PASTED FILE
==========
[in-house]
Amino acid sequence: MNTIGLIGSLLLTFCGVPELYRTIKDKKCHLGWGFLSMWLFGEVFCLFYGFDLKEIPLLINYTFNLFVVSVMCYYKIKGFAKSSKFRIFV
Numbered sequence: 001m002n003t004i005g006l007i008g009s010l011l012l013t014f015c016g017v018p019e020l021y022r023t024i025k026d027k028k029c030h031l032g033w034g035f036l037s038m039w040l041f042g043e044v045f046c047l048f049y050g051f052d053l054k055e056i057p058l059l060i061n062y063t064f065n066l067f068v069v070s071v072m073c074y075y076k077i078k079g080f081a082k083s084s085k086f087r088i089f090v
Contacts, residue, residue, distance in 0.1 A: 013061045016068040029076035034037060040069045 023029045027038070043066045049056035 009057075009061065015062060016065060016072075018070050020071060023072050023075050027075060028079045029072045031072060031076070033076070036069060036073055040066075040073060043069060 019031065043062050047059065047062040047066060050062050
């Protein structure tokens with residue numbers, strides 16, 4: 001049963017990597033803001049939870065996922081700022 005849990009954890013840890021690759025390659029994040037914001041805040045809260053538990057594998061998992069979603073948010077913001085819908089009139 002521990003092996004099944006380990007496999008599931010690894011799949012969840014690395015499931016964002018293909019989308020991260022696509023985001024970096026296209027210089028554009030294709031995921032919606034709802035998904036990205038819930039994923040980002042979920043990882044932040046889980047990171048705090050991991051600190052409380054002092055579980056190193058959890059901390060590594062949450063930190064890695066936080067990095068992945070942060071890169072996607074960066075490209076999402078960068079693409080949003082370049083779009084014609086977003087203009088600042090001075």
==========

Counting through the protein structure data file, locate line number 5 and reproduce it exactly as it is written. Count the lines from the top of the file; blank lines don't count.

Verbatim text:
């Protein structure tokens with residue numbers, strides 16, 4: 001049963017990597033803001049939870065996922081700022 005849990009954890013840890021690759025390659029994040037914001041805040045809260053538990057594998061998992069979603073948010077913001085819908089009139 002521990003092996004099944006380990007496999008599931010690894011799949012969840014690395015499931016964002018293909019989308020991260022696509023985001024970096026296209027210089028554009030294709031995921032919606034709802035998904036990205038819930039994923040980002042979920043990882044932040046889980047990171048705090050991991051600190052409380054002092055579980056190193058959890059901390060590594062949450063930190064890695066936080067990095068992945070942060071890169072996607074960066075490209076999402078960068079693409080949003082370049083779009084014609086977003087203009088600042090001075």